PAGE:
If you had cast ears over the two singles from UK outfit WEIMAR so far this year, one the lead track for their debut album, you could not escape their open individuality to each other and pretty much anything around at the moment. For us one was a swift persuasion and the other a longer to tempt proposal but eventfully laying a just as firm a grip on the imagination so fair to say that intrigue and a sense of query as to our reception joined us in our travels through Dancing On A Volcano.
Manchester hailing, WEIMAR is an art-rock quartet consisting of vocalist/guitarist/songwriter Aidan Cross (The Bacillus, Black Light Mutants), bassist John Armstrong (The Speed Of Sound), drummer Anthony ‘Eddy’ Edwards (The Deceased) and guitarist Stephen Sarsen (Frank Is Dead, Playground). Forming the band in 2016, the foursome cast a sound as varied and unpredictable as the songs themselves now leaping through ears and into the imagination within Dancing On A Volcano. Across its body, the release sees the band merge post punk, psych rock, gothic rock, alternative folk and a certain theatre of invention with plenty more involved to keep expectations guessing.
Produced, mixed and mastered by Adam Crossley and Chris Guest, Dancing On A Volcano swiftly set that rich sense of the individual and the curious with Soho Rain and also of the inherent temptation and infectiousness in WEIMAR’S invention. The song emerges through a downpour, strolling through sodden streets dedicated to London’s old seedy Soho district. It is a calm amble taking in eventful sights in its melodic jangle and rhythmic saunter, the tones of Cross dourly tempting as the sax flames of guesting Leeds artist Finola lights up the compelling landscape. The track also features original lead guitarist Johann Kloos who plays on numerous tracks across the release.
The Sociopath follows, its Flamenco flaps swaying as Cross shares his declarations with the trumpet and flugelhorn of Bob Dinn adding greater colour to the breath and character of the rhythmically manipulative track. In no time it was under the skin being swiftly joined by the band’s new single, I Smashed The Looking Glass. The track is superb, suspense soaking its beginnings before the song kicks into its infectious stroll shaped by crisps beats, seductive basslines and sonic enterprise. There is a great Howard Devoto meets Mark E. Smith hue to Cross’ vocals and storytelling, indeed the song itself bears an addictive essence of The Fall meets Threatmantics meets Wall of Voodoo to it; a description you could sort of apply to the album as a whole if brave enough to try and precisely tag the band’s sound.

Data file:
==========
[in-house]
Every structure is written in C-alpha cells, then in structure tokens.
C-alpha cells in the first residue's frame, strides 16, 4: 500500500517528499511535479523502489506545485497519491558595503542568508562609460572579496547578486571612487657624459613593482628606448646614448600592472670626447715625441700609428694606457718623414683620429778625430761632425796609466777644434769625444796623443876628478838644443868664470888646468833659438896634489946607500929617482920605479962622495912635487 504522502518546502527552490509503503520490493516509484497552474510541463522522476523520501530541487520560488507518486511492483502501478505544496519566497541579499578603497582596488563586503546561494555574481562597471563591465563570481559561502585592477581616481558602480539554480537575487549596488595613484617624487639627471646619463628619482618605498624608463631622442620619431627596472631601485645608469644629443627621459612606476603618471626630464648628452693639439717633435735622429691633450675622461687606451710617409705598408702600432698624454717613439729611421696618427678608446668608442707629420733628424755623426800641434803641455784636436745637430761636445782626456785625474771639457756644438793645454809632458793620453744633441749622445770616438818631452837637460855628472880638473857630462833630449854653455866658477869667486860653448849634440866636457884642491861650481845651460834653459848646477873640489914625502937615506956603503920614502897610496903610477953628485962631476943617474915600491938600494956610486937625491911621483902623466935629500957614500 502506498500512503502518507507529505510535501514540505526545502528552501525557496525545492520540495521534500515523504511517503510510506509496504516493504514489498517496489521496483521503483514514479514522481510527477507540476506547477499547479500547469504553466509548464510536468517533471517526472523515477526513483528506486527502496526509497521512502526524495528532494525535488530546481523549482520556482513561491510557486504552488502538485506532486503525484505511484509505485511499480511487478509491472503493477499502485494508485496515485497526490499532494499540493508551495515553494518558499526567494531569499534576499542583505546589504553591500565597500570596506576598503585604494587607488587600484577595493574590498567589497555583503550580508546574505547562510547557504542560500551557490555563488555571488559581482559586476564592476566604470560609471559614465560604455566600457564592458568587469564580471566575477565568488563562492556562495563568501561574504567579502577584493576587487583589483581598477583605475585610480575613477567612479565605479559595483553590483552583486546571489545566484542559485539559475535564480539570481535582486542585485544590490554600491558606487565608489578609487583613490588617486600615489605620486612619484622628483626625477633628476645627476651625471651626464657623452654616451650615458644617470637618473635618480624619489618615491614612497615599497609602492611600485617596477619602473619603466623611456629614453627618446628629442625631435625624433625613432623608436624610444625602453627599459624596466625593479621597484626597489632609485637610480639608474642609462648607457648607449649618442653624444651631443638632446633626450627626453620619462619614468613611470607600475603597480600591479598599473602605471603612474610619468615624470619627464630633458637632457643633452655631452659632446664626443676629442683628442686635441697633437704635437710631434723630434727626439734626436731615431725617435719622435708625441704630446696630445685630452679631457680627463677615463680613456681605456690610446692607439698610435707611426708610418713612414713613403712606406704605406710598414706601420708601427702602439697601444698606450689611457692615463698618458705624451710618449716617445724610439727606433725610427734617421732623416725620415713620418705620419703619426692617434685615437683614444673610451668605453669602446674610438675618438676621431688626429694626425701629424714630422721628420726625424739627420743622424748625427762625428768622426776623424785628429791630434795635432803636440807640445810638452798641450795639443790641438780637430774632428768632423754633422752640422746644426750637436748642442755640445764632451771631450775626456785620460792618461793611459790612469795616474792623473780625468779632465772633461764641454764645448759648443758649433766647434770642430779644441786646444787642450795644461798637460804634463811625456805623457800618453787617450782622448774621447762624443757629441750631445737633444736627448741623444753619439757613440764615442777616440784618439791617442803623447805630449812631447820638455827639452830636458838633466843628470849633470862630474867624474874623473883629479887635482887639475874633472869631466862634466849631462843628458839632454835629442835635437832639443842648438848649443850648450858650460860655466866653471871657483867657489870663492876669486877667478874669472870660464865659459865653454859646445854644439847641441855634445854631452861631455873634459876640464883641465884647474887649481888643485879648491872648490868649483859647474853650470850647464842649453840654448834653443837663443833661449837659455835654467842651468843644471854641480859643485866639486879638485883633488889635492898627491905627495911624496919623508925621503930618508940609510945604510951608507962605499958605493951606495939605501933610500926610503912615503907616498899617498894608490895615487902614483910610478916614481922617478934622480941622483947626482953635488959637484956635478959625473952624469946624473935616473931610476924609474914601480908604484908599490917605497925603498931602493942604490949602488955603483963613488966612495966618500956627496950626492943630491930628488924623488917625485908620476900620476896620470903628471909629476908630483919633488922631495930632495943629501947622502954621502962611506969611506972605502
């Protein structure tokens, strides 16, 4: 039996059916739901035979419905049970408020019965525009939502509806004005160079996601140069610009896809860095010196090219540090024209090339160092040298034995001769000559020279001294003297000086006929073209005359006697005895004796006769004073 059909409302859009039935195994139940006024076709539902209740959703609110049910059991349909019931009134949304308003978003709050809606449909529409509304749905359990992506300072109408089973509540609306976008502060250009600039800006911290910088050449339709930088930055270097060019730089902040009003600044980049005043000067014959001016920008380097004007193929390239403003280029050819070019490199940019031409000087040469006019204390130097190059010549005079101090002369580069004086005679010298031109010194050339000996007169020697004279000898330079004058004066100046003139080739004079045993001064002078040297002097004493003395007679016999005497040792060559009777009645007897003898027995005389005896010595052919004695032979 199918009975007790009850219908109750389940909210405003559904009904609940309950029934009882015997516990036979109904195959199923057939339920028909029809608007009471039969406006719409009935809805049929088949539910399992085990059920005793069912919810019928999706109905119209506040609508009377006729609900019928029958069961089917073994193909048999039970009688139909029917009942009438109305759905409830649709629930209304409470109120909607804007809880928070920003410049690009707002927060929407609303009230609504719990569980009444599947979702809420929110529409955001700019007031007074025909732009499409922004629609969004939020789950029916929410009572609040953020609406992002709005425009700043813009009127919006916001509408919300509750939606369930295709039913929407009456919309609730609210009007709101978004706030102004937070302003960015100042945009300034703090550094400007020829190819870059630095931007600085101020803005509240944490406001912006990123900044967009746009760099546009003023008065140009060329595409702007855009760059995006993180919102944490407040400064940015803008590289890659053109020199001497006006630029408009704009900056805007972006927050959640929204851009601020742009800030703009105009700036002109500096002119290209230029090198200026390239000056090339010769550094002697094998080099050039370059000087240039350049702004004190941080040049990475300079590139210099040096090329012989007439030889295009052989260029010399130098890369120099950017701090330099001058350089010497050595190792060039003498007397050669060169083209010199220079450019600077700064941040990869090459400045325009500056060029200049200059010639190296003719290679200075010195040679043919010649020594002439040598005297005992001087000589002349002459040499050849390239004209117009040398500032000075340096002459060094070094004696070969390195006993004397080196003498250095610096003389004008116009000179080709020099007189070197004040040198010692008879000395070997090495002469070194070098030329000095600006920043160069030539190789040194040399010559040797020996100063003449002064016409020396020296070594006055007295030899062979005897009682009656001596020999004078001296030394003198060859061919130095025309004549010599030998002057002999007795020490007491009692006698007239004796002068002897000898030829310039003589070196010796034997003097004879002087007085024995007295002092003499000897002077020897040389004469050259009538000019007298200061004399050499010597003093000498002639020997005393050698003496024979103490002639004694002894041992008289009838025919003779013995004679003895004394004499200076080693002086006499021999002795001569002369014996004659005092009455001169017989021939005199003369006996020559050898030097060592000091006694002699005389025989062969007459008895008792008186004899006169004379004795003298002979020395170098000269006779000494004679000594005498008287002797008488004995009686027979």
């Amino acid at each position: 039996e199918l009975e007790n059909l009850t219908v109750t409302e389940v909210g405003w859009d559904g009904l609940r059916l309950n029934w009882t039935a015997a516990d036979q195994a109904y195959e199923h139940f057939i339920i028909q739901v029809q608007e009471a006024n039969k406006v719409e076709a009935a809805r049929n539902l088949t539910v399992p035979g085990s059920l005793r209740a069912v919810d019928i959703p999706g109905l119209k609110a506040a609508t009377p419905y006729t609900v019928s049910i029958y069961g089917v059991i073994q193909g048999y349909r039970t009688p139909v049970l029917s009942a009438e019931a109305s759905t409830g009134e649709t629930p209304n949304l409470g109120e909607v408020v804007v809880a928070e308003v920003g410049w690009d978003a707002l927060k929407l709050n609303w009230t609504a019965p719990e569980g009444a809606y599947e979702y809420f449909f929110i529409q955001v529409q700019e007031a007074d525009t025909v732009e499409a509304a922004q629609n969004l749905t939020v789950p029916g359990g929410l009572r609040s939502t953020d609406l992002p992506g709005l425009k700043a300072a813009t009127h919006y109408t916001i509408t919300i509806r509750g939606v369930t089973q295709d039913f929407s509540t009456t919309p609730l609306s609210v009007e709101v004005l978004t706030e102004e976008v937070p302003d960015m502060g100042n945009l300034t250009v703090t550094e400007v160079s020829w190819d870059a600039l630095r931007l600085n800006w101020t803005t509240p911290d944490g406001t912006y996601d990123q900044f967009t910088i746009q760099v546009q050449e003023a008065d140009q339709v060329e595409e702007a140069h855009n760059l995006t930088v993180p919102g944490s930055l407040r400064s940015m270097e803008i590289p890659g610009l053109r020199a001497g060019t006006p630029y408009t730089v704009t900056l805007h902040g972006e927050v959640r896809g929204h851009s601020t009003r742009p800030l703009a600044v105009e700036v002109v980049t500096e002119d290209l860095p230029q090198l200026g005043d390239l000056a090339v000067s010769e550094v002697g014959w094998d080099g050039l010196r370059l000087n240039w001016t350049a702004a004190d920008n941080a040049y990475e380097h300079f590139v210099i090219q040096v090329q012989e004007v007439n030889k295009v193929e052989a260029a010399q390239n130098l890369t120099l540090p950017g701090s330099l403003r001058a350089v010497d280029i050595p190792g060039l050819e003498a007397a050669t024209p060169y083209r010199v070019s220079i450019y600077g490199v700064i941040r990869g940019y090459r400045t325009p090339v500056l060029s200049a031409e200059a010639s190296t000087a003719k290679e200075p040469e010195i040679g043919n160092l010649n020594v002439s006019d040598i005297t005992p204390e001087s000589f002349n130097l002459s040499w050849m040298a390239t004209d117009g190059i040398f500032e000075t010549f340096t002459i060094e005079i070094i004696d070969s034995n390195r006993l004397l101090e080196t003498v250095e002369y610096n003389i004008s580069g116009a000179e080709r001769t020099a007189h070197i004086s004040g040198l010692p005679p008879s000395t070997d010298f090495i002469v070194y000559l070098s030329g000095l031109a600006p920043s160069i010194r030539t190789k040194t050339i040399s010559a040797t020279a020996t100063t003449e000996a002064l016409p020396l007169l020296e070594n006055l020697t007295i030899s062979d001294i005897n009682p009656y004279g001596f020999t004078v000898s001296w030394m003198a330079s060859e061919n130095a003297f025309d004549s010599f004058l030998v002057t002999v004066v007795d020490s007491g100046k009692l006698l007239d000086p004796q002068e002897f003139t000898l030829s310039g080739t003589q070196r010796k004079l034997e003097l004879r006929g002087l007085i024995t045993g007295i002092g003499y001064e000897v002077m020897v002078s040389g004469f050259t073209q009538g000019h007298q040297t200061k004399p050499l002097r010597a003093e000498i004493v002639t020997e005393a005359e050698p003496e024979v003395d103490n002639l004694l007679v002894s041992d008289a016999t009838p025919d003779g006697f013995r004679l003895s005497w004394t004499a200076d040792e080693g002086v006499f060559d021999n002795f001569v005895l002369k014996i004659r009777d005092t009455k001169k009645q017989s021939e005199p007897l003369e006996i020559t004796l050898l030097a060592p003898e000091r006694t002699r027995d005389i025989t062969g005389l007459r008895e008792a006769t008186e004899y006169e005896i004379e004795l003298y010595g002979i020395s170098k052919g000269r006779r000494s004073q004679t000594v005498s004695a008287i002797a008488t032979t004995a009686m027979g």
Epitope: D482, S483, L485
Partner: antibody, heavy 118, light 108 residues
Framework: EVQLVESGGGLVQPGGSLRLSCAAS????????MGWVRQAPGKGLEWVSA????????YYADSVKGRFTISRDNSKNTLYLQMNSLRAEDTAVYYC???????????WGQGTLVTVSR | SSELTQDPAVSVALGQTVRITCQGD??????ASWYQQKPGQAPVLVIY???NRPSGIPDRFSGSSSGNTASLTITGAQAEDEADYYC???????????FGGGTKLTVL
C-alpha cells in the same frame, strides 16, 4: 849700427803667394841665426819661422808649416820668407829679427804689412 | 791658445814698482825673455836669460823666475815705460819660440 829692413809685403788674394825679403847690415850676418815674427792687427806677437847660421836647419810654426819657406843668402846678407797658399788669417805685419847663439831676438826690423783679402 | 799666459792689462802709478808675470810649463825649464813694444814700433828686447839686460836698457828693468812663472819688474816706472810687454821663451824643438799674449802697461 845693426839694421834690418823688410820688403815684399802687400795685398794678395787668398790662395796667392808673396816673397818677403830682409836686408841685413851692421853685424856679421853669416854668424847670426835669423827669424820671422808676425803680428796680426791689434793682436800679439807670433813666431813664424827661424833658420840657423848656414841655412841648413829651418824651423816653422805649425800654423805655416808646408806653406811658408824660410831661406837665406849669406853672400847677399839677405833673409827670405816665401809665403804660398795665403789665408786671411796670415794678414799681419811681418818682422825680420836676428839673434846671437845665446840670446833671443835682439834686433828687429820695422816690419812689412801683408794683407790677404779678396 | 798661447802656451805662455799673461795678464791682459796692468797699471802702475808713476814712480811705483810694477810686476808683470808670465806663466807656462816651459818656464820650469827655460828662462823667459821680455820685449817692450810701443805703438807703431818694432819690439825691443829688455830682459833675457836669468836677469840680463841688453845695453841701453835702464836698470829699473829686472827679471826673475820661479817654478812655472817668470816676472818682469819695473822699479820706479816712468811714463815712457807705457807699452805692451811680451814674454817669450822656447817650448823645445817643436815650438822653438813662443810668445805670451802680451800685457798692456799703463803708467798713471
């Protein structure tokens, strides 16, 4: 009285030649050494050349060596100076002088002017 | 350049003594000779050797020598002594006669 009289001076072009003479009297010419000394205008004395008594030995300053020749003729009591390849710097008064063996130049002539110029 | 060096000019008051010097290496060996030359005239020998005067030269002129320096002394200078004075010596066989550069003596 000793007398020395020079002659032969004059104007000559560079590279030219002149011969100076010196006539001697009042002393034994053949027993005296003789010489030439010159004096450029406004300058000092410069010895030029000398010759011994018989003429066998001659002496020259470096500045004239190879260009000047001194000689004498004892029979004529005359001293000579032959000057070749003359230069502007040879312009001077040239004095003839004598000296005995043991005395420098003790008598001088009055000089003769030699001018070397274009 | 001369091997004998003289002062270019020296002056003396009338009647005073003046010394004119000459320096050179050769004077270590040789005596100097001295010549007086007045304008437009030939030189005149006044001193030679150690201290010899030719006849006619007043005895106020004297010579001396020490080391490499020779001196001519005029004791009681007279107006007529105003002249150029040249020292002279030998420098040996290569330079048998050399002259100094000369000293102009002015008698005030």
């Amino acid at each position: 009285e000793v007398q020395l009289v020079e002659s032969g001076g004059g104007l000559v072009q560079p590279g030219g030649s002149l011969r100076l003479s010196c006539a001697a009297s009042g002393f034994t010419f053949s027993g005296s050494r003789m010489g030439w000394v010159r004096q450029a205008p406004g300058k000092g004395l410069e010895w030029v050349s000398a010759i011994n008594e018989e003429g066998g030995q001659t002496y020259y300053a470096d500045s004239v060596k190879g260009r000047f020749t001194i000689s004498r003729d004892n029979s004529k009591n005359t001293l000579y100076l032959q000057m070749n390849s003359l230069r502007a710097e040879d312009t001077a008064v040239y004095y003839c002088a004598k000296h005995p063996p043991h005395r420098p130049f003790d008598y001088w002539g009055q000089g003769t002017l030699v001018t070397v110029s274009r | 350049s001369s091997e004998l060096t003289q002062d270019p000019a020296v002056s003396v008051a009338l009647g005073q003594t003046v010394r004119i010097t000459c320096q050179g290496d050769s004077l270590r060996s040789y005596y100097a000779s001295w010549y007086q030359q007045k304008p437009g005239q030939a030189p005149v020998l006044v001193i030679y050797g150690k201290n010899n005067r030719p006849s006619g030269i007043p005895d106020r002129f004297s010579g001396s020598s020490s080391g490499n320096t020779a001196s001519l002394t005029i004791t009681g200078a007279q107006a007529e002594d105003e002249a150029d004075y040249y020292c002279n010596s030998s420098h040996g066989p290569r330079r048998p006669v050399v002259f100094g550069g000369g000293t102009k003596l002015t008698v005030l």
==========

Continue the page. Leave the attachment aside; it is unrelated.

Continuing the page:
Folk inclinations surface within The Hangers-On next, the song another shuffle of rhythmic and melodic enterprise around animated lyrical incitement; its own creative and musical individuality bearing a slight hue of The Monochrome Set to it while Arandora Star weaves psychedelic wires into post punk shadows around dramatic rumination. Both tracks joined the claim on favourite song moment being quickly joined by rock ‘n’ roller Polished Decay, the song with its manipulative saunter and devious creative cunning taking the honours; its Marc Riley & The Creepers-esque lures irresistible.
Dark espionage and noir lit intrigue accompanies the equally outstanding Hunter’s Moon as it slowly unwinds its lures and drama, gothic light highlighting its dramas with Finola bringing further shadows and fascination to the Bauhaus scented track while Faded Queen Of The Night leaps through ears with melodic frills and rhythmic thrills in an ebullient dance. Again the quartet provides the sound, imagination and uniqueness for one’s own conjuring of movement and thought, the track a seductive serenade and galvanic incitement in one.
Nights In Spanish Harlem canters through ears with funk rock energy and tempting, its movement a buoyant excuse to participate and its infectious invention a spark for just as lively imagination with its evocative prowess matched by the following ballad, Heaven On High Street East and it’s socially observing contemplation.
Closing up the album The Tatterdemalions provided one final exploration of dark shadows, fertile imagination and rich engagement, the song a spirited ride through a psych and ambient spun, folk rock crafted and rhythmically shamanic landscape with matching lyrical and melodic captivation.
So that is Dancing On A Volcano, a release we went into maybe slightly unsure of our reactions and came out greedy for its compelling and addictively enjoyable exploits.
Dancing On A Volcano is out now via GERMAN SHEPHERD RECORDS; available digitally @ https://weimarband.bandcamp.com/album/dancing-on-a-volcano and on CD @ https://weimarbanduk.com/product/dancing-on-a-volcano/
Pete RingMaster 01/09/2022
Copyright RingMaster Review